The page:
In December, the PRI and the two largest opposition parties agreed on an electoral reform, which included entailed the establishment of an electoral commission which was to be independent of the government and the imposition of an upper limit on the parties' electoral budgets.

In September, EZLN interrupted the peace talks with the government, which had been going on for 16 months, accusing it of breaking the agreements concluded to be insensitive and racist. 7 months earlier, the two parties had signed the San Andrés agreements on the rights and culture of the indigenous peoples. In particular, they were about the right to autonomy. The Mexican Interior Ministry responded that it saw no reason to interrupt negotiations.

In July 97, Cuahutémoc Cárdenas was elected mayor of Ciudad de México, while for the first time the PRD became the largest opposition party in the Chamber of Deputies. At the same time, the party joined forces with the conservative PAN, the Greens and the Labor Party in an opposition alliance facing PRI.

On December 22, 45 Tzotzil Indians were killed in the village of Acteal in Chenalhó municipality in Chiapas. They belonged to the pacifist group, "Las Abejas" (the bees) and were killed by paramilitary forces with the support of the public security forces. The massacre forced the PRI inmate in the state, Julio Ruiz Ferro and Interior Minister Emilio Chuayffet to resign. The Justice Department made the subsequent investigation of the massacre a federal matter.

After Ruiz Ferro's resignation as Chiapas governor, Zedillo appointed Roberto Albores new governor of the state. On April 11, 98, Albores ordered hundreds of police and soldiers to invade the town of Taniperlas. On the occasion of the 79th anniversary of the murder of Emilio Zapata, the city had the day before been made headquarters in the autonomous municipality, Ricardo Flores Magón. The 32 municipalities that EZLN continued to control were put in the highest alert. Although the San Andrés agreements were not yet implemented in law, the Congreso Nacional Indígena (National Indian Congress) called for the creation of new autonomous municipalities across the country.

Referring to Article 33 of the Constitution and with allegations of supporting the development of parallel government structures - and thus interfering with Mexican domestic policy - 12 foreigners were deported from Mexico. They had stayed as observers in Taniperlas in Chaipas. The action sparked sharp criticism - not only diplomatically but also from the national and international civil society.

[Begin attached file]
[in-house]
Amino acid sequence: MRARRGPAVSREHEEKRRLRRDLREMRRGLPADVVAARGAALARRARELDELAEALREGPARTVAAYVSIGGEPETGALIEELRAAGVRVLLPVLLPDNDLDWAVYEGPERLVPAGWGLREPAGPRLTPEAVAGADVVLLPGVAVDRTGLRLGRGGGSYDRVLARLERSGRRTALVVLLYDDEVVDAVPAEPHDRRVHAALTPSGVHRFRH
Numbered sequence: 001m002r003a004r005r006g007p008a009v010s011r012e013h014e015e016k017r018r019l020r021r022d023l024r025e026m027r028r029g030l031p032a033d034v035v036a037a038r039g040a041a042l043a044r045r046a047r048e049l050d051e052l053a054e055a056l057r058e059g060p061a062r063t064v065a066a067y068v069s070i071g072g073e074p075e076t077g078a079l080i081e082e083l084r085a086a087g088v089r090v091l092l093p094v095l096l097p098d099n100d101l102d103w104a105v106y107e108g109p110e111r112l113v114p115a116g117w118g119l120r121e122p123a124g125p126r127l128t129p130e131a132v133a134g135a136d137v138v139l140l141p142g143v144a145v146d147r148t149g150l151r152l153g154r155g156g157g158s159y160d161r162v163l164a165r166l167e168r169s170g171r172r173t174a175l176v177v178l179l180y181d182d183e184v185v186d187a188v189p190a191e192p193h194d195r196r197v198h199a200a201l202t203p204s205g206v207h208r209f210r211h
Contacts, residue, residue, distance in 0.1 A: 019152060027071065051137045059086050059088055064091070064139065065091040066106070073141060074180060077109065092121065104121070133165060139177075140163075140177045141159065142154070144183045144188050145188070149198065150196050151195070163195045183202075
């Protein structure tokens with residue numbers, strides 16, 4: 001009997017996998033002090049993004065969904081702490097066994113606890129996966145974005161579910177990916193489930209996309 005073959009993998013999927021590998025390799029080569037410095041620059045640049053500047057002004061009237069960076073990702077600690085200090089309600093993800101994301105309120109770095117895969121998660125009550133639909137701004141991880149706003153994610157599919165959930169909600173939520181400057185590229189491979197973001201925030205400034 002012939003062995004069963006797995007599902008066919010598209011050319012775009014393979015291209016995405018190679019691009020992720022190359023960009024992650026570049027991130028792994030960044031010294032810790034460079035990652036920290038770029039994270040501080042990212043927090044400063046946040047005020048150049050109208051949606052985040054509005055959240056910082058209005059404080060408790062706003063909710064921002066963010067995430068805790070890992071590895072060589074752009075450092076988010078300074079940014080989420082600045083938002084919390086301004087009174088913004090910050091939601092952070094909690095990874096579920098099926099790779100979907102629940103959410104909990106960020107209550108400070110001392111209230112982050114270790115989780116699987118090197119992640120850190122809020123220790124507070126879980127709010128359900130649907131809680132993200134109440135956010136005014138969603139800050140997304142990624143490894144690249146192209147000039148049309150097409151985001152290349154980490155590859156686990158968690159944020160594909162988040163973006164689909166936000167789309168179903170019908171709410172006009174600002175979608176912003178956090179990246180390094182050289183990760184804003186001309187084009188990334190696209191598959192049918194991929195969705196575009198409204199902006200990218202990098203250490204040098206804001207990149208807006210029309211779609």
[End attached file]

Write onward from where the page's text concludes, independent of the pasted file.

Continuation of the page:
In previous years Mexico had displaced Colombia as the most important center for the drug cartels in Latin America. Still, the United States continued its policy of aid and loans to Mexico, while Colombia was sent out into the cold. This once again raised the debate about America's contradictory policy towards Latin America.

The number of deaths while trying to reach across the US border was quadrupled in 1998 compared to the previous year. US Border Police used much tougher funds and stepped up patrolling at the places where refugees used to go. It forced them to seek new and more dangerous routes. But despite the danger, low wages in Mexico and the lack of work are still sending more across the border to the United States. The number of illegal immigrants in California, therefore, continues to rise.

In August 1999, Cuauhtémoc Cárdenas of the center-left PRD and Vicente Fox of the right-wing PAN formed a historic alliance. In an effort to break PRI's 70-year monopoly in power, the two parties would elect one joint presidential candidate for the July 2000 election.

However, the coalition collapsed as early as December when PAN rejected a proposal by a group of "reputable" citizens on how to select the coalition's presidential candidate. The right wing had formulated 25 criticisms of a proposal made by 14 independent personalities. These had suggested the holding of primary elections and the conduct of 4 polls to appoint the joint candidate for the 8 opposition parties. A study by La Reforma newspaper in the week that the coalition collapsed showed that 63% of Mexicans supported the formation of an opposition alliance as a counterbalance to PRI and that 60% of those polled preferred Vicente Fox as the alliance's presidential candidate. Only 19% supported Cárdenas' candidacy.